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Class of 2021: Circularity

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Composite images of hand holding phone pointing at garment to reveal production information
Composite images of hand holding phone pointing at garment to reveal production information
Manon Daure, MA Industrial Design
Written by
Teleri Lloyd-Jones
Published date
10 December 2021

Analysing the life cycle of things gives designers the tools to minimise the ecological impact of production. From pineapples to blown glass, we look at graduating work that introduces circularity into the system.

Costa Rica is the pineapple-growing centre of the world. Based there while studying for her MBA, Evelyn Gómez, began researching the waste material from that production. One hectare of pineapple growing creates 100 tonnes of waste each year and Costa Rica has 40,000 hectares devoted to pineapple production. The waste is difficult to process with nearly a quarter of a grower’s budget spent on disposal that, in turn, pollutes the local area.

Material innovation has already demonstrated that pineapple fibre can be transformed into textiles. Evelyn’s work explores how Costa Rica could develop this industry alongside its pineapple production and the subsequent possibilities for a sustainable network of indigenous craftspeople and designers. From her research, she sees how this new textile production could generate 28,000 new jobs while also alleviating the negative environment impact of that waste.

Pineapple woven fabric from waste

Evelyn Gomez

Trained as an engineer, Evelyn combined her industrial and technical knowledge with the strategic insight of the MBA:

The MBA has given me permission to dream and to see where that dream could take me... The potential for pineapple fabric production in Costa Rica is 48 million square metres per year. That's a lot.

Annalisa Iacopetti, MA Design (Furniture) focused on waste streams in the Murano glass industry. Half of Murano’s production becomes waste – called cotisso ­– around 700 to 1,000 tonnes every year. While glass is theoretically endlessly recyclable, the use of colour often introduces toxic chemicals that classifies it as special waste and therefore difficult to dispose of. Annalisa’s focus was how to create a circular process in which the cotisso could be brought back into production.

The project comes from the belief that design is a holistic and speculative medium. You need to think in systems before objects and place materials at the centre of the process.

  • PORTFOLIO_ANNALISAIACOPETTI_L3-5.jpg
    , Annalisa Iacopetti, MA Design (Furniture)
  • PORTFOLIO_ANNALISAIACOPETTI_L3-4.jpg
    , Annalisa Iacopetti, MA Design (Furniture)

The first step was to map current systems and create processes to separate waste glass by colour. The challenge then was to define the amount of waste glass that could be reintroduced at the start of production without negatively impacting the material quality of the whole. Having identified this balance, the designer then collaborated with artisans to create a collection of glass tables from waste material. Annalisa’s work demonstrates that existing methods of production – no matter how tradition – can adapt, becoming regenerative by responding to this age of climate emergency.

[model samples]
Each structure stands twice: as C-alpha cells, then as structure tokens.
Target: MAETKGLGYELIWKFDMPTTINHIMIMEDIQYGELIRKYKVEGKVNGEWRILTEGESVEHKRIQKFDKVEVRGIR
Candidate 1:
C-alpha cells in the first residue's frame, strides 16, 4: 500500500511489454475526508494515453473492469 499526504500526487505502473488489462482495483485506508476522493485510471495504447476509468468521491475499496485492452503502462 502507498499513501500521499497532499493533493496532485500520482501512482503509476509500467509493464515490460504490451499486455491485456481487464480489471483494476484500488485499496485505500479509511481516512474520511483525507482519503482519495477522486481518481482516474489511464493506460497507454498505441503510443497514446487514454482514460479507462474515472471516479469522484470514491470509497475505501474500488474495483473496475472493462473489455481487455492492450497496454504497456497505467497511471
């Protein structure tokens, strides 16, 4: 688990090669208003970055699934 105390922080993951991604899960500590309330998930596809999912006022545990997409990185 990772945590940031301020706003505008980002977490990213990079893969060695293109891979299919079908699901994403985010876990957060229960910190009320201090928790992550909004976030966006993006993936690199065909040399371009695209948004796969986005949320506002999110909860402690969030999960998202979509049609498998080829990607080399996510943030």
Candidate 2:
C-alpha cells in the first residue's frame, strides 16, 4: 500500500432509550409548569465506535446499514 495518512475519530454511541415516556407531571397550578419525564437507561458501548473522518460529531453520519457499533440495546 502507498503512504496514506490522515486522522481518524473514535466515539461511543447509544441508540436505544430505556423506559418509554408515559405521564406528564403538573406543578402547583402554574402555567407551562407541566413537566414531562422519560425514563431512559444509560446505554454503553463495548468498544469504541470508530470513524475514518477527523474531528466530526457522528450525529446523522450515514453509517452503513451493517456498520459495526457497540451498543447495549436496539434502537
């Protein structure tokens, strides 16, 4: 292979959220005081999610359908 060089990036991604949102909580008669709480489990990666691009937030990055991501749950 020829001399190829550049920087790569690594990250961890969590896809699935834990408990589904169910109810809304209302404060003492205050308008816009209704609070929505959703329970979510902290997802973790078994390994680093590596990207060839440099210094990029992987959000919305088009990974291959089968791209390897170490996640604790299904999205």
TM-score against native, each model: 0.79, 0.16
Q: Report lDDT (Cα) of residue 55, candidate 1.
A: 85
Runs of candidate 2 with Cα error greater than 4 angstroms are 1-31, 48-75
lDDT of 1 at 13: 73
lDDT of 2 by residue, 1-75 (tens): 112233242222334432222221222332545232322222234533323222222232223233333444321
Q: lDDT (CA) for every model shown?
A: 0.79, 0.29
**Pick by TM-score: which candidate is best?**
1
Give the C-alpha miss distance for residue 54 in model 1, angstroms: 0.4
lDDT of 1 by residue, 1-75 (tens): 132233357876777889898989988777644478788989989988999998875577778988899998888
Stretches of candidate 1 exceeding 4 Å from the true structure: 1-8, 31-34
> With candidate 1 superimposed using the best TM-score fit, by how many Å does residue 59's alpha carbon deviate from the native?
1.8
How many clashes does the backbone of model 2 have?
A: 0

Moving from traditional to mass production, Manon Daure, MA Industrial Design, wants to extend the life of clothes by just nine months which would reduce the carbon, water and waste footprint by 20-30%. NEW.NORMALS is a fictional brand that uses digital technology to generate connection and traceability with garments. Daure combines on-demand production and recycling with community fixing and mending so clothes are better understood and appreciated but also altered to extend their material life.

NEW.NORMALS

Manon Daure

Textile reuse forms the foundation of Benjamin Grund's BA Textile Design work. It began with his research into the global waste industry, specifically the neo-colonial waste streams that see huge amounts exported from European countries to be processed in countries that were former colonies – allowing Western countries to ignore the ecological and social ramifications of their consumption. As a result, Ben wants to encourage a cognitive shift in Western society to see waste as a potential start rather than an end.

  • Textile5BenGrundb.jpg
    , Benjamin Grund, BA Textile Design
  • Textile3BenGrundb.jpg
    , Benjamin Grund, BA Textile Design
  • Textile4BenGrundb.jpg
    , Benjamin Grund, BA Textile Design

“It’s sad that people see used things as tarnished material with no value. The reality is that, with textiles, the fibres are still the same. I think materially, waste has so much potential… In particular, consumers don’t appreciate a woven fabric, they don't actually know for example how weaving has developed over centuries to allow us to be wearing what we're wearing.”

He began hunting out a source and discovered a supplier who sent him nearly twenty 40kg bales of discarded textiles. Rummaging through the seemingly endless bags he was shocked by the breadth of what was available. He shredded the fabrics and washed them to separate the fibres. Then began a flurry of experimentation using heat pressing, interfacing, sublimation and top stitching to create something new. The results are compelling, abstract and intricate; it’s impossible to tell that in a previous life this was a tent or that was a tank top.

One of the challenges was how the structure of the composition creates the pattern as the designing and making happen at the same time. Each textile Ben creates is unique, a response to the material starting point. Through his collection, he hopes to encourage fashion and interior designers to welcome waste into their work.